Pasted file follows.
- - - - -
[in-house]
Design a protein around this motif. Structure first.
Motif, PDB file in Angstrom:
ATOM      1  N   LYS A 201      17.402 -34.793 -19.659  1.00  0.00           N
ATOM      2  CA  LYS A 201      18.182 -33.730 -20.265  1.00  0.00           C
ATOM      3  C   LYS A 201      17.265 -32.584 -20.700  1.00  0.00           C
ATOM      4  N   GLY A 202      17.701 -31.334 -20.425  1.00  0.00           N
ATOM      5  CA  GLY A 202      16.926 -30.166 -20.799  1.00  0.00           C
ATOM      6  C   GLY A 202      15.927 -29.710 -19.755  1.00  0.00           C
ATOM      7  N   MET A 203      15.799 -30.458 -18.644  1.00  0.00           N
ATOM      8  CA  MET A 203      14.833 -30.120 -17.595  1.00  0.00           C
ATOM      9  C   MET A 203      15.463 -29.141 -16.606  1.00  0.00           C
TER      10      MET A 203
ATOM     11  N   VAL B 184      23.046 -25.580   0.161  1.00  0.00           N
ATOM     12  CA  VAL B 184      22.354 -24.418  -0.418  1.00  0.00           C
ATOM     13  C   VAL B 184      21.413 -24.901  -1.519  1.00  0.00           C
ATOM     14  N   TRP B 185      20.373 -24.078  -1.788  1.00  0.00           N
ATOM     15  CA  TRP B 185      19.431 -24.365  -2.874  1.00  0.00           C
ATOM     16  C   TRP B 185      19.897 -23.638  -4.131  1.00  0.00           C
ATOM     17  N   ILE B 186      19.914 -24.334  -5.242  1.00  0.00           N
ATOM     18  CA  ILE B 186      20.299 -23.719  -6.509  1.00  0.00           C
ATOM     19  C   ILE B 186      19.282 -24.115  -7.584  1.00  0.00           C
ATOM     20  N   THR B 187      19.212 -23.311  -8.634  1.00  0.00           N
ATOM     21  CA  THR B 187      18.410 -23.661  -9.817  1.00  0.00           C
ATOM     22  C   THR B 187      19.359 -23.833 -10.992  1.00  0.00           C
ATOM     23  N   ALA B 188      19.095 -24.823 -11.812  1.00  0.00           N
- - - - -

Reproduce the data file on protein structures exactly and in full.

[in-house]
Design a protein around this motif. Structure first.
Motif, PDB file in Angstrom:
ATOM      1  N   LYS A 201      17.402 -34.793 -19.659  1.00  0.00           N
ATOM      2  CA  LYS A 201      18.182 -33.730 -20.265  1.00  0.00           C
ATOM      3  C   LYS A 201      17.265 -32.584 -20.700  1.00  0.00           C
ATOM      4  N   GLY A 202      17.701 -31.334 -20.425  1.00  0.00           N
ATOM      5  CA  GLY A 202      16.926 -30.166 -20.799  1.00  0.00           C
ATOM      6  C   GLY A 202      15.927 -29.710 -19.755  1.00  0.00           C
ATOM      7  N   MET A 203      15.799 -30.458 -18.644  1.00  0.00           N
ATOM      8  CA  MET A 203      14.833 -30.120 -17.595  1.00  0.00           C
ATOM      9  C   MET A 203      15.463 -29.141 -16.606  1.00  0.00           C
TER      10      MET A 203
ATOM     11  N   VAL B 184      23.046 -25.580   0.161  1.00  0.00           N
ATOM     12  CA  VAL B 184      22.354 -24.418  -0.418  1.00  0.00           C
ATOM     13  C   VAL B 184      21.413 -24.901  -1.519  1.00  0.00           C
ATOM     14  N   TRP B 185      20.373 -24.078  -1.788  1.00  0.00           N
ATOM     15  CA  TRP B 185      19.431 -24.365  -2.874  1.00  0.00           C
ATOM     16  C   TRP B 185      19.897 -23.638  -4.131  1.00  0.00           C
ATOM     17  N   ILE B 186      19.914 -24.334  -5.242  1.00  0.00           N
ATOM     18  CA  ILE B 186      20.299 -23.719  -6.509  1.00  0.00           C
ATOM     19  C   ILE B 186      19.282 -24.115  -7.584  1.00  0.00           C
ATOM     20  N   THR B 187      19.212 -23.311  -8.634  1.00  0.00           N
ATOM     21  CA  THR B 187      18.410 -23.661  -9.817  1.00  0.00           C
ATOM     22  C   THR B 187      19.359 -23.833 -10.992  1.00  0.00           C
ATOM     23  N   ALA B 188      19.095 -24.823 -11.812  1.00  0.00           N